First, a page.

1 Boost Database Performance with the Cisco UCS Storage Accelerator Performance Brief February 213 Highlights Industry-leading Performance and Scalability Offloading full or partial database structures to a Cisco UCS 785GB MLC Fusion-io iodrive2 in the Cisco UCS B2 M3 Blade Server allows customers to improve performance of all applications, reduce IT costs through consolidation, manage more data on less hardware, and make better business decisions in real time. Improved Database Productivity with Less Maintenance and Tuning Overall productivity can be increased through the elimination of inherent problems that arise with spinning-disk solutions. Lower Costs Reduced storage infrastructure requirements result in significant cost reduction. The Cisco UCS B2 M3 Blade Server with the Cisco UCS Storage Accelerator was tested to assess its performance with an Oracle database. Two types of database performance use cases were tested. In one, an entire database was placed in the flash memory. In a second, hybrid deployment, hot performance-demanding database structures such as logs, temporary tablespaces, and selected indexes of the database were placed on the Cisco UCS Storage Accelerator, and the rest of the database remained on a SAN. The hybrid deployment resulted in dramatic overall performance improvements while reducing I/O demands on SAN storage. Cisco UCS B2 M3 Blade Server The Cisco UCS B2 M3 Blade Server addresses a broad set of workloads, including IT and web infrastructure and distributed database tasks. Building on the success of the Cisco UCS B2 M2 Blade Server, the enterprise-class Cisco UCS B2 M3 Blade Server extends the capabilities of the Cisco Unified Computing System (Cisco UCS) portfolio in a half-width blade form factor. It harnesses the power of the latest Intel Xeon processor E5-26 product family, with up to 768 GB of RAM (using 32-GB DIMMs), two disk drives, and up to four dual 1 Gigabit Ethernet throughput. In addition, Cisco UCS has the architectural advantage of not having to power and cool excess switches in each blade chassis. With a larger power budget per blade server, Cisco can design uncompromised expandability and capabilities in its blade servers, as evidenced by the new Cisco UCS B2 M3, with its leading memory slot and drive capacity. The Cisco UCS B2 M3 provides: 2 multicore Intel Xeon processor E5-26 CPUs with up to 16 processing cores 24 DIMM slots for industry-standard double-data-rate 3 (DDR3) memory running up to 16 MHz and up to 768 GB of total memory (using 32-GB DIMMs) 2 optional, hot-pluggable SAS or SATA hard disk drives (HDDs) or solid-state drives (SSDs) Industry-leading 8-Gbps throughput bandwidth Remote management through a Cisco Integrated Management Controller (IMC) that implements policy established in Cisco UCS Manager Cisco and/or its affiliates. All rights reserved.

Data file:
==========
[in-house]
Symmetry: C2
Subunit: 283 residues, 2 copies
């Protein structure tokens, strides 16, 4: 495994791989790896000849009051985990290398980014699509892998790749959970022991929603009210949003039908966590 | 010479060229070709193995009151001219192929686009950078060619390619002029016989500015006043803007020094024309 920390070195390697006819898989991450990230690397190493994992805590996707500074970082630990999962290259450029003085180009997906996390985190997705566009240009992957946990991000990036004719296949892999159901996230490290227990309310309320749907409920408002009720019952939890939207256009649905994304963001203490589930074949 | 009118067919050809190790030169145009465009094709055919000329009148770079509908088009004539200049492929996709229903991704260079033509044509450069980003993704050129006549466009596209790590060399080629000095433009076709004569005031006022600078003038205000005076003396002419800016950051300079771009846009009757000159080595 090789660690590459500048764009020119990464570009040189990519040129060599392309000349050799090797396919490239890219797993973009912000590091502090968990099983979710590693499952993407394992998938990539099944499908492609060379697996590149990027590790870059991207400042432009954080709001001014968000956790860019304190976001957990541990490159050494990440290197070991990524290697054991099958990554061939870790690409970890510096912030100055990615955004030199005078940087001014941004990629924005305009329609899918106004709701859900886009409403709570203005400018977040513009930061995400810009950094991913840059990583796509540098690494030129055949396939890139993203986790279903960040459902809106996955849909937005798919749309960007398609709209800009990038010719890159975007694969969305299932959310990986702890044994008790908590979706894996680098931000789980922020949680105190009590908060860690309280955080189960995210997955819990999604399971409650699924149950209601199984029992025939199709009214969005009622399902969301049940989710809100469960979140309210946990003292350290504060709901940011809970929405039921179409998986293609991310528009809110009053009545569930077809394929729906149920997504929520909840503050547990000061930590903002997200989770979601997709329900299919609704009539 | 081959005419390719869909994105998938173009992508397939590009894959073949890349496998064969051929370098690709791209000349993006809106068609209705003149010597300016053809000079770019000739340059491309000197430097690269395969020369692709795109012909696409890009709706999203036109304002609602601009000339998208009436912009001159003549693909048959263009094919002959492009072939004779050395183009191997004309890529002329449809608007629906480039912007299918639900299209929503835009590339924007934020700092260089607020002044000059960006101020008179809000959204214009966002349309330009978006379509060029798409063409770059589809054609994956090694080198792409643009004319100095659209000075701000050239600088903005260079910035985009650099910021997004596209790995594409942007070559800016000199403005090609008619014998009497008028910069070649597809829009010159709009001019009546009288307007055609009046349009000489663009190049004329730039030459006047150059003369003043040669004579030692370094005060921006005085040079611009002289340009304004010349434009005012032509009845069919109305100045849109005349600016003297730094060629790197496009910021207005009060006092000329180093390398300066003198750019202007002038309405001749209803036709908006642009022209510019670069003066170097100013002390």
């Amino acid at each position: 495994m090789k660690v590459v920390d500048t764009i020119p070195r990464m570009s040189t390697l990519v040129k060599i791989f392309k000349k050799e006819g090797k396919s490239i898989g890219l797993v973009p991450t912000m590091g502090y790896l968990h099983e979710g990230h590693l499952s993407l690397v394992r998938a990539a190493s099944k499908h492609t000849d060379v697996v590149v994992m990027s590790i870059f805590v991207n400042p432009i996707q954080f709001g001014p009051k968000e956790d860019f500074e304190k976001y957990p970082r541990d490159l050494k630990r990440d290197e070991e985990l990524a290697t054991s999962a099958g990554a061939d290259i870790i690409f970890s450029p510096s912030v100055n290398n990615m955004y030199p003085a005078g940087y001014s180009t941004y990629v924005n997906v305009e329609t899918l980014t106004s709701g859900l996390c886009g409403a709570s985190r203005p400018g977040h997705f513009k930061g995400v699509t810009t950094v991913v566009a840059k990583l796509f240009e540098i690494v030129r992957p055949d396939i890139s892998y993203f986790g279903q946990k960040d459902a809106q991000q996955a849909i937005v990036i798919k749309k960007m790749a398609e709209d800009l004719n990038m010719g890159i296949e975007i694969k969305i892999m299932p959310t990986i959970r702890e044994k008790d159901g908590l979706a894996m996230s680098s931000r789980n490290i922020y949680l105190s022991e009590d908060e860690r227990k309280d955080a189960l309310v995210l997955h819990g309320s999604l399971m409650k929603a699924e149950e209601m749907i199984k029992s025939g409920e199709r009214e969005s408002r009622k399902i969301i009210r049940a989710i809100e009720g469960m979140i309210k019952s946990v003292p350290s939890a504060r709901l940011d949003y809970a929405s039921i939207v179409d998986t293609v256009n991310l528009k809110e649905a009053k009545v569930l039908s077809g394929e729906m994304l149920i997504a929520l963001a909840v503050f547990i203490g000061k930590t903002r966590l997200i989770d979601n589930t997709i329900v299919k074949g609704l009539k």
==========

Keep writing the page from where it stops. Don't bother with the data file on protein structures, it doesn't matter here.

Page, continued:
2 Out-of-band access by a remote keyboard, video, and mouse (KVM) device, Secure Shell (SSH) Protocol, and virtual media (vmedia) as well as the Intelligent Platform Management Interface (IPMI) The Cisco UCS B2 M3 is a half-width blade. Up to eight of these high-density, 2-socket blade servers can reside in the six-rack-unit (6RU) Cisco UCS 518 Blade Server Chassis, offering one of the highest densities of servers per rack unit in the industry. Cisco UCS 785-GB Multilevel Cell Fusion-io iodrive2 Adapter Fusion-io builds server-resident Peripheral Component Interconnect Express (PCIe) flash storage for applications requiring a high number of I/O operations per second () with low latency. Fusion s industry-leading, lowlatency iomemory eliminates I/O bottlenecks to improve virtual machine workload capabilities in all servers, allowing organizations to achieve the full potential of virtualization. The Cisco UCS Storage Accelerator significantly reduces Oracle database latency with a high-capacity, highperformance memory tier. The adapter offers a persistent storage option, enabling the card in a server to load an entire database of less than 785 GB into the card s flash memory or just the performance-demanding structures of a larger database. Offloading storage requirements to the card from the SAN and closer to the server can significantly increase performance. This hypothesis was proven in the online transaction processing (OLTP) database tests discussed in this document. Specifications for Performance Testing Cisco UCS B2 M3 Blade Server 2 Intel Xeon processor E5-269 product family CPUs 256 GB of RAM 2 mezzanine adapter slots (one dedicated to the Cisco UCS Virtual Interface Card [VIC] 124 for total throughput bandwidth of 8 Gbps) Up to 2 optional front-access SAS or SATA HDDs or SSDs Up to 2 terabytes (TB) maximum internal storage LSI SAS 24 integrated RAID controller RAID and 1 support 2 slots for 16-GB Secure Digital (SD) flash memory cards (future enablement through a software update) Cisco UCS 785 GB Fusion-io iodrive2 Adapter 785-GB multilevel cell (MLC) flash memory capacity 1.5-GBps bandwidth (1 MB read) 1.1-GBps bandwidth (1 MB write) 141, (512 byes random read) 535, (512 bytes random write) 15 microseconds of write latency and 68 microseconds of read latency Hardware supported: All Cisco UCS M3 blade servers Software supported: Cisco UCS Manager 2.1 Cisco UCS Storage Accelerator Tests: Speed and Feed Rate The test used Oracle I/O Numbers (Orion), software that mimics the type of I/O operations performed by Oracle databases. Orion allows testers to measure I/O performance for storage systems without actually installing Oracle. Figure 1 shows I/O tests at different block sizes and corresponding that can be supported using the Cisco UCS Storage Accelerator. Figure 1. Random at Various Block Sizes Random : 8 KB 12, 1, 8, 6, 4, 2, 11,81 72,757 Random -8K 39,459 19,728 9,85 4,874 2,48 1, Block Size (KB) Note: These numbers are generated using the default I/O scheduler (CFQ) for Oracle Linux 5.7. Changing the I/O scheduler to NOOP boosted I/O performance boost by from 5 to 1 percent Cisco and/or its affiliates. All rights reserved.